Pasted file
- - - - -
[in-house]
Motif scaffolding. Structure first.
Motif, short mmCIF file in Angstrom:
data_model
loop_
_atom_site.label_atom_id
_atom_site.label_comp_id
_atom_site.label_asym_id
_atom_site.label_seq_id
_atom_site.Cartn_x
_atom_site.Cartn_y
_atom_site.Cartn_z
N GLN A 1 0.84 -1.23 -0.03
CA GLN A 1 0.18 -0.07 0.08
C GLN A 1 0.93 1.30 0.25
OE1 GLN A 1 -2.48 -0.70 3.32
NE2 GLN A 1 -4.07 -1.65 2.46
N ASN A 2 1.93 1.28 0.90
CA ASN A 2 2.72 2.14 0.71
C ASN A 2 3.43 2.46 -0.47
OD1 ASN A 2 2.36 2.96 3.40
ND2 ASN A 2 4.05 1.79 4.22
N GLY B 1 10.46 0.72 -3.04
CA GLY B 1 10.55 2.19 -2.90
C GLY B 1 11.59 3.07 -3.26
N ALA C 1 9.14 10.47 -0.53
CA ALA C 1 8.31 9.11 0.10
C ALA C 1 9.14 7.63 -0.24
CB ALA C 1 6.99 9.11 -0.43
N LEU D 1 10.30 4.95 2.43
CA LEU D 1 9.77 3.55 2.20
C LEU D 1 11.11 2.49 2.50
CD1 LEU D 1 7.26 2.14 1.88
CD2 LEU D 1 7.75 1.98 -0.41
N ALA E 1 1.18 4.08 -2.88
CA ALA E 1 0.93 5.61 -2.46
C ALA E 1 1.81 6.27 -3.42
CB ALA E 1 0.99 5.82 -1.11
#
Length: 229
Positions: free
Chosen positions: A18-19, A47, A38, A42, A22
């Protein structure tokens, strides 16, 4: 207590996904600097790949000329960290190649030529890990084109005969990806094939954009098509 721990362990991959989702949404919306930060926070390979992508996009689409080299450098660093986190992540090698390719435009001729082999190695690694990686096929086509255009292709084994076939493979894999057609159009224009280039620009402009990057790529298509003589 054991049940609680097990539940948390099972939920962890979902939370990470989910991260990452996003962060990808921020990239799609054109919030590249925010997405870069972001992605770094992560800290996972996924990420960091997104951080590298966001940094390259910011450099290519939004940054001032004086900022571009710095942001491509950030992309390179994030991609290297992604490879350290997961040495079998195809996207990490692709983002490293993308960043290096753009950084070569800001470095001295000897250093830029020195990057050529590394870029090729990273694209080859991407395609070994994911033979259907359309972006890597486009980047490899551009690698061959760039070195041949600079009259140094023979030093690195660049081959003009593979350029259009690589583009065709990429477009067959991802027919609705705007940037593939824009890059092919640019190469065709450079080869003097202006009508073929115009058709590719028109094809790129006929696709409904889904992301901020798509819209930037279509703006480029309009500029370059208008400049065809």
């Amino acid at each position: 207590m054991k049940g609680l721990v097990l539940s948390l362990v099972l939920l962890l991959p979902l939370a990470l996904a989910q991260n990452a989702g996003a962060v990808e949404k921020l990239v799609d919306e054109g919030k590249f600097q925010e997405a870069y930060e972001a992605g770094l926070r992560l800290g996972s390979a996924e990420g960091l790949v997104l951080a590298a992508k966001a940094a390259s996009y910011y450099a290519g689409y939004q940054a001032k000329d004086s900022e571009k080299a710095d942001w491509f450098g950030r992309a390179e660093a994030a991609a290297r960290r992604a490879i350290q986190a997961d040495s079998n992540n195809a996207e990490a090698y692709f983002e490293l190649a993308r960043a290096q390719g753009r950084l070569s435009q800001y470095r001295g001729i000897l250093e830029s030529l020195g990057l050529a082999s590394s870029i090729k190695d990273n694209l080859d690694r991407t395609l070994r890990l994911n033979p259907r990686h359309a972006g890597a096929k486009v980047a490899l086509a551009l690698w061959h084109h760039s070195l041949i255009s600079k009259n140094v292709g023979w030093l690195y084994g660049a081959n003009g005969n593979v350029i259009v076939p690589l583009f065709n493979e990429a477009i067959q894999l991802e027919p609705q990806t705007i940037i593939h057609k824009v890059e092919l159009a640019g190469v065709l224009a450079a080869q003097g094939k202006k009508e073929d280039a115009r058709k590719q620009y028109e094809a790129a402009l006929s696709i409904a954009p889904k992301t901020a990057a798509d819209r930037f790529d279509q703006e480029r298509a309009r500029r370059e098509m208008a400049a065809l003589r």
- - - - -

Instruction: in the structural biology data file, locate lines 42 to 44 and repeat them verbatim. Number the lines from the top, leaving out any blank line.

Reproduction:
Chosen positions: A18-19, A47, A38, A42, A22
């Protein structure tokens, strides 16, 4: 207590996904600097790949000329960290190649030529890990084109005969990806094939954009098509 721990362990991959989702949404919306930060926070390979992508996009689409080299450098660093986190992540090698390719435009001729082999190695690694990686096929086509255009292709084994076939493979894999057609159009224009280039620009402009990057790529298509003589 054991049940609680097990539940948390099972939920962890979902939370990470989910991260990452996003962060990808921020990239799609054109919030590249925010997405870069972001992605770094992560800290996972996924990420960091997104951080590298966001940094390259910011450099290519939004940054001032004086900022571009710095942001491509950030992309390179994030991609290297992604490879350290997961040495079998195809996207990490692709983002490293993308960043290096753009950084070569800001470095001295000897250093830029020195990057050529590394870029090729990273694209080859991407395609070994994911033979259907359309972006890597486009980047490899551009690698061959760039070195041949600079009259140094023979030093690195660049081959003009593979350029259009690589583009065709990429477009067959991802027919609705705007940037593939824009890059092919640019190469065709450079080869003097202006009508073929115009058709590719028109094809790129006929696709409904889904992301901020798509819209930037279509703006480029309009500029370059208008400049065809």
């Amino acid at each position: 207590m054991k049940g609680l721990v097990l539940s948390l362990v099972l939920l962890l991959p979902l939370a990470l996904a989910q991260n990452a989702g996003a962060v990808e949404k921020l990239v799609d919306e054109g919030k590249f600097q925010e997405a870069y930060e972001a992605g770094l926070r992560l800290g996972s390979a996924e990420g960091l790949v997104l951080a590298a992508k966001a940094a390259s996009y910011y450099a290519g689409y939004q940054a001032k000329d004086s900022e571009k080299a710095d942001w491509f450098g950030r992309a390179e660093a994030a991609a290297r960290r992604a490879i350290q986190a997961d040495s079998n992540n195809a996207e990490a090698y692709f983002e490293l190649a993308r960043a290096q390719g753009r950084l070569s435009q800001y470095r001295g001729i000897l250093e830029s030529l020195g990057l050529a082999s590394s870029i090729k190695d990273n694209l080859d690694r991407t395609l070994r890990l994911n033979p259907r990686h359309a972006g890597a096929k486009v980047a490899l086509a551009l690698w061959h084109h760039s070195l041949i255009s600079k009259n140094v292709g023979w030093l690195y084994g660049a081959n003009g005969n593979v350029i259009v076939p690589l583009f065709n493979e990429a477009i067959q894999l991802e027919p609705q990806t705007i940037i593939h057609k824009v890059e092919l159009a640019g190469v065709l224009a450079a080869q003097g094939k202006k009508e073929d280039a115009r058709k590719q620009y028109e094809a790129a402009l006929s696709i409904a954009p889904k992301t901020a990057a798509d819209r930037f790529d279509q703006e480029r298509a309009r500029r370059e098509m208008a400049a065809l003589r």